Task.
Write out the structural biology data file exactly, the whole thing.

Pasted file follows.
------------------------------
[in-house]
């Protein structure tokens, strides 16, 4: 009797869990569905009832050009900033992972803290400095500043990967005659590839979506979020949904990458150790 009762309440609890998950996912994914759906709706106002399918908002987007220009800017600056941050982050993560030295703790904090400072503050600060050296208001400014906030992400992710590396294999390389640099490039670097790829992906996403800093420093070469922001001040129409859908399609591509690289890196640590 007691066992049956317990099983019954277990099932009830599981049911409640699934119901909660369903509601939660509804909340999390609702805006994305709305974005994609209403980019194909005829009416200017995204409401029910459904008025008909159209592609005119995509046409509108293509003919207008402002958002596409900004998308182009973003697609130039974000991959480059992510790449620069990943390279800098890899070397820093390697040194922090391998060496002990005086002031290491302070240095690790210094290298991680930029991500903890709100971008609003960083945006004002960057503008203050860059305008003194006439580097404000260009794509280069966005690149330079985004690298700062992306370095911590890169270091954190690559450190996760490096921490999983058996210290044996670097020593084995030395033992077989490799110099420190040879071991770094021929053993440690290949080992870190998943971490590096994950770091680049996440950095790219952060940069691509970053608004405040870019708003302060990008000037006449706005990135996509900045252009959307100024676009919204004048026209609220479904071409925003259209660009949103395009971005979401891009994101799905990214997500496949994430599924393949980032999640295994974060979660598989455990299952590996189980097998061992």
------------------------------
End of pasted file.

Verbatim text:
[in-house]
């Protein structure tokens, strides 16, 4: 009797869990569905009832050009900033992972803290400095500043990967005659590839979506979020949904990458150790 009762309440609890998950996912994914759906709706106002399918908002987007220009800017600056941050982050993560030295703790904090400072503050600060050296208001400014906030992400992710590396294999390389640099490039670097790829992906996403800093420093070469922001001040129409859908399609591509690289890196640590 007691066992049956317990099983019954277990099932009830599981049911409640699934119901909660369903509601939660509804909340999390609702805006994305709305974005994609209403980019194909005829009416200017995204409401029910459904008025008909159209592609005119995509046409509108293509003919207008402002958002596409900004998308182009973003697609130039974000991959480059992510790449620069990943390279800098890899070397820093390697040194922090391998060496002990005086002031290491302070240095690790210094290298991680930029991500903890709100971008609003960083945006004002960057503008203050860059305008003194006439580097404000260009794509280069966005690149330079985004690298700062992306370095911590890169270091954190690559450190996760490096921490999983058996210290044996670097020593084995030395033992077989490799110099420190040879071991770094021929053993440690290949080992870190998943971490590096994950770091680049996440950095790219952060940069691509970053608004405040870019708003302060990008000037006449706005990135996509900045252009959307100024676009919204004048026209609220479904071409925003259209660009949103395009971005979401891009994101799905990214997500496949994430599924393949980032999640295994974060979660598989455990299952590996189980097998061992």